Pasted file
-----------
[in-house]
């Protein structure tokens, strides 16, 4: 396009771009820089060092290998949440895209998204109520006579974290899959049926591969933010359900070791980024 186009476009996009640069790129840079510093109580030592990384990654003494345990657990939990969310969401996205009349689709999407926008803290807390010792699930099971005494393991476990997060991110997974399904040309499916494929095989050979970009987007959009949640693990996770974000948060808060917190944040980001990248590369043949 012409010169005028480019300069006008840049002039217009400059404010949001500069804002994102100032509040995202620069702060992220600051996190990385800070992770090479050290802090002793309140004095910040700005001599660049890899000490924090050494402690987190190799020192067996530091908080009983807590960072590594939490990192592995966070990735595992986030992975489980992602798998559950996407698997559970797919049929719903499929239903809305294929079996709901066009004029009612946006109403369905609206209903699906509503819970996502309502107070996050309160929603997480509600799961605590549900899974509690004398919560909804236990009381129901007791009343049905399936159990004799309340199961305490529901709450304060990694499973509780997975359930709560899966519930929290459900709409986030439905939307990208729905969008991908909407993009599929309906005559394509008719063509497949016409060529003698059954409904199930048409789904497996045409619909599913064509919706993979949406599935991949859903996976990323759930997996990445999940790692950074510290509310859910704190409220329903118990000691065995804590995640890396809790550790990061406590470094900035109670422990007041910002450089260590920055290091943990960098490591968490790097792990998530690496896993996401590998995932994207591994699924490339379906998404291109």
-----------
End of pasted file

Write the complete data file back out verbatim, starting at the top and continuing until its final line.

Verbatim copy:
[in-house]
């Protein structure tokens, strides 16, 4: 396009771009820089060092290998949440895209998204109520006579974290899959049926591969933010359900070791980024 186009476009996009640069790129840079510093109580030592990384990654003494345990657990939990969310969401996205009349689709999407926008803290807390010792699930099971005494393991476990997060991110997974399904040309499916494929095989050979970009987007959009949640693990996770974000948060808060917190944040980001990248590369043949 012409010169005028480019300069006008840049002039217009400059404010949001500069804002994102100032509040995202620069702060992220600051996190990385800070992770090479050290802090002793309140004095910040700005001599660049890899000490924090050494402690987190190799020192067996530091908080009983807590960072590594939490990192592995966070990735595992986030992975489980992602798998559950996407698997559970797919049929719903499929239903809305294929079996709901066009004029009612946006109403369905609206209903699906509503819970996502309502107070996050309160929603997480509600799961605590549900899974509690004398919560909804236990009381129901007791009343049905399936159990004799309340199961305490529901709450304060990694499973509780997975359930709560899966519930929290459900709409986030439905939307990208729905969008991908909407993009599929309906005559394509008719063509497949016409060529003698059954409904199930048409789904497996045409619909599913064509919706993979949406599935991949859903996976990323759930997996990445999940790692950074510290509310859910704190409220329903118990000691065995804590995640890396809790550790990061406590470094900035109670422990007041910002450089260590920055290091943990960098490591968490790097792990998530690496896993996401590998995932994207591994699924490339379906998404291109």